In the American Scholar, literary critic, essayist and screenwriter Arthur Krystal has written a memoir of his experiences with Jacques Barzun, his teacher and mentor at Columbia in the 1970s and later his friend and colleague. Among the numerous literary anecdotes, he includes this one about a visit Barzun made to Evelyn Waugh in December 1951:
Barzun had his disagreements with historians and writers (Leon Edel, for one, regarding something William James wrote), but I never came across a true vilifier except for Evelyn Waugh. In the winter of 1951, Life magazine sent Barzun to interview the novelist. Afterward, Waugh decided that Barzun had scotched his deal with the magazine: “Life had sent a smart-aleck down here,” he wrote to Graham Greene, “and that has ended my profitable connexion with them” (Feb. 27, 1952). Waugh’s diary entry reiterates the sentiment: “They sent me an apostate frog called professor Smart-Aleck Baboon. He stayed here and gave me a viva in history and reported all.” Which makes me wonder if Waugh’s pen was dipped in imperceptible acid when he wrote, “Dear Professor, I enjoyed our conversation so much last night. Do come again” (Dec. 18, 1951).
Barzun apparently never wrote up his version of the interview. The meeting arranged by Life was not intended for publication in the magazine but was more in the nature of setting up another project to follow Waugh’s article on the Holy Places that they had just published. I cannot find the quoted reference to Barzun as a “Smart-Aleck Baboon” but perhaps that was edited out of the published version of the Diaries.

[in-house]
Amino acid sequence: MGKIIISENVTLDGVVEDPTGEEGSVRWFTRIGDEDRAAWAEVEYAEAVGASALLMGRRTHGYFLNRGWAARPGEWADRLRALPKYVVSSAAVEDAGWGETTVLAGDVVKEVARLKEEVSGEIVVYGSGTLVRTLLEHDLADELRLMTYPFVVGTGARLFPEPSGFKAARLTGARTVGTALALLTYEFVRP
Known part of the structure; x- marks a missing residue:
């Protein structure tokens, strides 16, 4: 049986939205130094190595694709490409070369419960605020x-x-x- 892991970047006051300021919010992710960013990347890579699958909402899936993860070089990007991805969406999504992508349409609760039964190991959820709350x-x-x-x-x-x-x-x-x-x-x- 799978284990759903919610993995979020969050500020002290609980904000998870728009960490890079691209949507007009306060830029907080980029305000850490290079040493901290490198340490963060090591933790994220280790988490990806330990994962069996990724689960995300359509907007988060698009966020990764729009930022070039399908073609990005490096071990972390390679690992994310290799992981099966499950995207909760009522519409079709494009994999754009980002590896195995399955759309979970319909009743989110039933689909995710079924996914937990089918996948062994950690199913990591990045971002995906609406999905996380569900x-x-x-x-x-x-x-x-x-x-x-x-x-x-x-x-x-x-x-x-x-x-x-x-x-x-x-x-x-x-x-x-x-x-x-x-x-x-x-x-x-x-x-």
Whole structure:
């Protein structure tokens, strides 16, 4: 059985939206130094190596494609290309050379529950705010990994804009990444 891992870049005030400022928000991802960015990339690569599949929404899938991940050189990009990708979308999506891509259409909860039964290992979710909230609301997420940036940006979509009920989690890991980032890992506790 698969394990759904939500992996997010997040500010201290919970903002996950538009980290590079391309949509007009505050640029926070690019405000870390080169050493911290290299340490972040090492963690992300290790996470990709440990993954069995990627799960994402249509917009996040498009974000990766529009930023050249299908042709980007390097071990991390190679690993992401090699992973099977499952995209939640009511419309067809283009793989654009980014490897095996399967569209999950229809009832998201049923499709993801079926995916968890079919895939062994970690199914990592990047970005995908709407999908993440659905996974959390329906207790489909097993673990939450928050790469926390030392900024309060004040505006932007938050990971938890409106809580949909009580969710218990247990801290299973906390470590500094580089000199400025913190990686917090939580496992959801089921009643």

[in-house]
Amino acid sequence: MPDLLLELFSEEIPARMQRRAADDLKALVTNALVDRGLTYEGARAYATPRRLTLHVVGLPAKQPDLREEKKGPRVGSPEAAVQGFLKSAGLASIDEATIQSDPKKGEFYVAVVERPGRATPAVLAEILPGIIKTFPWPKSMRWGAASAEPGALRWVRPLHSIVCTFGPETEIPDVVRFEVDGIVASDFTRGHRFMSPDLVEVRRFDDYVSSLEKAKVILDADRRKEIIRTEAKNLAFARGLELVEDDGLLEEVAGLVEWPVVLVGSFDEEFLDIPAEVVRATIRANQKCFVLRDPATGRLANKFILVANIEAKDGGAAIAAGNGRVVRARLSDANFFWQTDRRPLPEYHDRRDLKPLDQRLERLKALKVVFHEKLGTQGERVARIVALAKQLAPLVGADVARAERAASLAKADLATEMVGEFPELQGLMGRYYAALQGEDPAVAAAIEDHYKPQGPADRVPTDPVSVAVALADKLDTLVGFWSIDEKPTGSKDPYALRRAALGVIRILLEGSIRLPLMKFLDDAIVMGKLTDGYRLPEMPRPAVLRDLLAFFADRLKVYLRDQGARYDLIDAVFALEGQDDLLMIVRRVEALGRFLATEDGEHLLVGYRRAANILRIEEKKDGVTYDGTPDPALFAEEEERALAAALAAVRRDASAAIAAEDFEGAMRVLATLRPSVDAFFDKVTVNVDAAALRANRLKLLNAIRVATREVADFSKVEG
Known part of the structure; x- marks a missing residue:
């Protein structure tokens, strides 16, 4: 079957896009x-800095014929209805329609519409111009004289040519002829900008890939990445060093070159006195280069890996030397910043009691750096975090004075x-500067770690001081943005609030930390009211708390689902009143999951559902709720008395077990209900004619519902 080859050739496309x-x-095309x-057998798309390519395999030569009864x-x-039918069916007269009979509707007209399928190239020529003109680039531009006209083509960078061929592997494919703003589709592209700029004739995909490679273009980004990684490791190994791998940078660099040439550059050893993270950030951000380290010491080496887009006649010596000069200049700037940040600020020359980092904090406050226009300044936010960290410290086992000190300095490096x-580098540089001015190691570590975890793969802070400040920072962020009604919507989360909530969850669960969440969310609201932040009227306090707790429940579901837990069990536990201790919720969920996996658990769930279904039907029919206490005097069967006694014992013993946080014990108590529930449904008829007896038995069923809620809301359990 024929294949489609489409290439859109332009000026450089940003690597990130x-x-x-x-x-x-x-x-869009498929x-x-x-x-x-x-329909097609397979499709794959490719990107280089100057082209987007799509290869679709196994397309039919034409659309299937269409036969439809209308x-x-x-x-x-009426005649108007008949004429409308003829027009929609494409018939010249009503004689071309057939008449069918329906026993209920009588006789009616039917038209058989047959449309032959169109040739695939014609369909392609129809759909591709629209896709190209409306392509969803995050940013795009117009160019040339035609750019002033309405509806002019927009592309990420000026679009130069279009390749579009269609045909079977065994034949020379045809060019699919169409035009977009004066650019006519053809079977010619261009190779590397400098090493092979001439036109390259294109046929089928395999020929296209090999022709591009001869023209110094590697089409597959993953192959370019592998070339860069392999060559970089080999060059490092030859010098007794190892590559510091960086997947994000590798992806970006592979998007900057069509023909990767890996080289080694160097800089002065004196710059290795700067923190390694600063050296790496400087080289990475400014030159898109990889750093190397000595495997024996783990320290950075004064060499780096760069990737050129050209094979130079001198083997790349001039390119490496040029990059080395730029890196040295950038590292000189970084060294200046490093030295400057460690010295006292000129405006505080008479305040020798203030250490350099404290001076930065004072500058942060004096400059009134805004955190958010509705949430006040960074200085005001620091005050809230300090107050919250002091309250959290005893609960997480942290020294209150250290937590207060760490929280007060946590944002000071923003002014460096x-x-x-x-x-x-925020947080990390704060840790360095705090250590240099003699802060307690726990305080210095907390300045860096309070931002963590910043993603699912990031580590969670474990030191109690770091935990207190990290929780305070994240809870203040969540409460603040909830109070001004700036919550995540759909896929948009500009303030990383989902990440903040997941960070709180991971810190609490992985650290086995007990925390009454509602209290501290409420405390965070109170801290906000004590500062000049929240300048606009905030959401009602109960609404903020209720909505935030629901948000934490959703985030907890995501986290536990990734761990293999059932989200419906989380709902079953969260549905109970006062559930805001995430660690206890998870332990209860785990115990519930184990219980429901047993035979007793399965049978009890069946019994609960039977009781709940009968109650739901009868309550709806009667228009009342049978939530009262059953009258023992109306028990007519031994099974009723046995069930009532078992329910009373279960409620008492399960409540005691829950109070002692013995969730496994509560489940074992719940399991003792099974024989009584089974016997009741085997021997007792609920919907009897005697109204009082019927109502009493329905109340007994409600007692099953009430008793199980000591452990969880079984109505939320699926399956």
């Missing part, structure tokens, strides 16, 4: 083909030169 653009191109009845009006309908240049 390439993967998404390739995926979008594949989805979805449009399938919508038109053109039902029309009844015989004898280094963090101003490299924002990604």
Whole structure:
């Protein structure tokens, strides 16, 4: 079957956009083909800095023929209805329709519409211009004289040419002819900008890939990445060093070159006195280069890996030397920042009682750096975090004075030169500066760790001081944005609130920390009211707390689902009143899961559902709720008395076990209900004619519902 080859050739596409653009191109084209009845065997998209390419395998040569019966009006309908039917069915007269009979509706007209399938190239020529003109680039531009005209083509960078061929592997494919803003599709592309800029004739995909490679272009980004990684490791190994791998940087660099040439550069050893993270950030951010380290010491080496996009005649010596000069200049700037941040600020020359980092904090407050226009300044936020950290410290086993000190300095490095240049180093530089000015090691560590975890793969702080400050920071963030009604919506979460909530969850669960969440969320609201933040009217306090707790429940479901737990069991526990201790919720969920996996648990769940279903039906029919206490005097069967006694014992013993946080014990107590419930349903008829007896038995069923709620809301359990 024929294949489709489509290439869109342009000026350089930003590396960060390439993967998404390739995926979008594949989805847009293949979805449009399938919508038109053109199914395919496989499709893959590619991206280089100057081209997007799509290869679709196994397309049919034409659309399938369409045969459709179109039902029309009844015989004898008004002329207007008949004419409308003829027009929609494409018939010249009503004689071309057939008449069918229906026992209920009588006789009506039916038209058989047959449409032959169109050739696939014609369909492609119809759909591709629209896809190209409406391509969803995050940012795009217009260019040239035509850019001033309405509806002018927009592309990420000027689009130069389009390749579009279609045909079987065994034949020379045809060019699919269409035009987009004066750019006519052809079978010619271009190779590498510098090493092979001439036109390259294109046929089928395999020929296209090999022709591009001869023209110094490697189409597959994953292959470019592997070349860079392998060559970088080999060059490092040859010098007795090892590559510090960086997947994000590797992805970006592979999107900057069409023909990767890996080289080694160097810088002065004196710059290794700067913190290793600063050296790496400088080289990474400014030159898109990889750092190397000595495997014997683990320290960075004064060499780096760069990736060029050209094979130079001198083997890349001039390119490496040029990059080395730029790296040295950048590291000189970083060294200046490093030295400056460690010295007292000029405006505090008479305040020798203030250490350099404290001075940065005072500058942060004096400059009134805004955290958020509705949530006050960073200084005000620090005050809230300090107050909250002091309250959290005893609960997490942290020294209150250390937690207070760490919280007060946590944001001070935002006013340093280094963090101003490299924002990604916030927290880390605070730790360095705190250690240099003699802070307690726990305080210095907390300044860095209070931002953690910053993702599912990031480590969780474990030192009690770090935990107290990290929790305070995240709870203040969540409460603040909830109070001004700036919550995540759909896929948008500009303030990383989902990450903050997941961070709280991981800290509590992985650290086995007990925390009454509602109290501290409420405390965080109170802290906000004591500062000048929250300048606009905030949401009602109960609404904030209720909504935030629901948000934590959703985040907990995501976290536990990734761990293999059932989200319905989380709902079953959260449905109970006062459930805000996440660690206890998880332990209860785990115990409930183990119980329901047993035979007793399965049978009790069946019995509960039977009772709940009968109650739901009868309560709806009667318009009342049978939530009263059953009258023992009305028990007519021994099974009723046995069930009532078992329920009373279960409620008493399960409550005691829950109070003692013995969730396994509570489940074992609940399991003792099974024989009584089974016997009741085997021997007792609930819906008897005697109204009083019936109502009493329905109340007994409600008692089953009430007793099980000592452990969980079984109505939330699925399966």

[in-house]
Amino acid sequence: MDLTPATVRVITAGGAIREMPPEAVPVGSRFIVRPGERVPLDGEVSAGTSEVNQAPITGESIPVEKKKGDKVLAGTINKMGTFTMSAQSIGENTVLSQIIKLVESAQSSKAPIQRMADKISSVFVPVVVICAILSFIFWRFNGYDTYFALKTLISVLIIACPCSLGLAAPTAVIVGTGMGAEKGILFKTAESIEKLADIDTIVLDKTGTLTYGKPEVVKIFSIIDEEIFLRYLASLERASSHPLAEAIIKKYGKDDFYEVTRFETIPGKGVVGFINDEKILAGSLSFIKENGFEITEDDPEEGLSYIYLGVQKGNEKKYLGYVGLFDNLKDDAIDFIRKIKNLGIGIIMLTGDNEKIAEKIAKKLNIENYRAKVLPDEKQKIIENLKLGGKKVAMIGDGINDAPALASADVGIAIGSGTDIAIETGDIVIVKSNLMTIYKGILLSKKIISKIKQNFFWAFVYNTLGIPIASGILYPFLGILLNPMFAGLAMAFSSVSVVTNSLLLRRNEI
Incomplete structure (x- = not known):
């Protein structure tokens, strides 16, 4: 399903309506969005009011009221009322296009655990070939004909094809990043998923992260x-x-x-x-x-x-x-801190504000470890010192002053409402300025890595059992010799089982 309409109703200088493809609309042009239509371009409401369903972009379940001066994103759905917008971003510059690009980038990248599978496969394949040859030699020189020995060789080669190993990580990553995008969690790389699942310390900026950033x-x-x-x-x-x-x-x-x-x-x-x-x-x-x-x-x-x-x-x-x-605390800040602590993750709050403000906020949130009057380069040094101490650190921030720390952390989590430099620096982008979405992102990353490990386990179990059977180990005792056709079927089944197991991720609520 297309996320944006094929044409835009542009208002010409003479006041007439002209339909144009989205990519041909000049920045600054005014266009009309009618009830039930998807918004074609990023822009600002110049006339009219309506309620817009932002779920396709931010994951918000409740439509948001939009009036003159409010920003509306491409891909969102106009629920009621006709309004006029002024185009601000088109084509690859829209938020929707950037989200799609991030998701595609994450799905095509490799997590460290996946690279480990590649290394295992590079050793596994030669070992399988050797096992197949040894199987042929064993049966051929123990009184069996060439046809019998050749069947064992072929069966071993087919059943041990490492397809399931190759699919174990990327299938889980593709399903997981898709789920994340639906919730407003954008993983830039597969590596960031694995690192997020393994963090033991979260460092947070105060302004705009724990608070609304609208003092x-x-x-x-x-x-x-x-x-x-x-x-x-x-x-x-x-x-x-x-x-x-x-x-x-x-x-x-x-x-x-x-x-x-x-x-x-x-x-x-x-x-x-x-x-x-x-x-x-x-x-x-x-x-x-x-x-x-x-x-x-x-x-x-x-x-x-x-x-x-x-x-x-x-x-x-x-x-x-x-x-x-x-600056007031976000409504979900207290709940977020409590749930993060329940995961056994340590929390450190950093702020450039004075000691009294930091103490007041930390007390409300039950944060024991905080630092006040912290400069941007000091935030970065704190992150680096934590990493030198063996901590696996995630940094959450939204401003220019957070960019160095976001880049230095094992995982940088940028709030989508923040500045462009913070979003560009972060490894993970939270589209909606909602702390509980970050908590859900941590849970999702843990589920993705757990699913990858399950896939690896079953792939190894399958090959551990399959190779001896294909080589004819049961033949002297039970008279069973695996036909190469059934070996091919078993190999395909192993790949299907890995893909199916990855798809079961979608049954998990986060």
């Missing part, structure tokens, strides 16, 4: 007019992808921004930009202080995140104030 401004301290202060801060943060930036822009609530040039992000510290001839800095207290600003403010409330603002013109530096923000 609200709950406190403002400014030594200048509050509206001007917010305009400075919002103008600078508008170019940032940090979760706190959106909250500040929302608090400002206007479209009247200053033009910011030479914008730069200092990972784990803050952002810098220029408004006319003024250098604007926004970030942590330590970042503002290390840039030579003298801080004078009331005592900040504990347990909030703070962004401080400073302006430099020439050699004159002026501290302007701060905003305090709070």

Waugh may be correct that Barzun discouraged any further Waugh projects for publication by Life based on his 1951 meeting. According to Waugh’s follow-up letter to Barzun, they had discussed as a possible subject the Emperor Constantine. In his letter, Waugh proposes Thomas More as an alternative. He also offers a second choice of Ignatius Loyola as a subject if that proved more appealing (Letters, 361-62).
Waugh later describes a reception to which he was invited to view Life’s new London offices and notes that it did not go well. There was later an exchange of correspondence in 1954-55 about an article on St Francis of Assisi, but that broke down after Waugh demanded a substantial advance (Diaries, 715, 747-50; Mr Wu and Mrs Stitch, 213-17).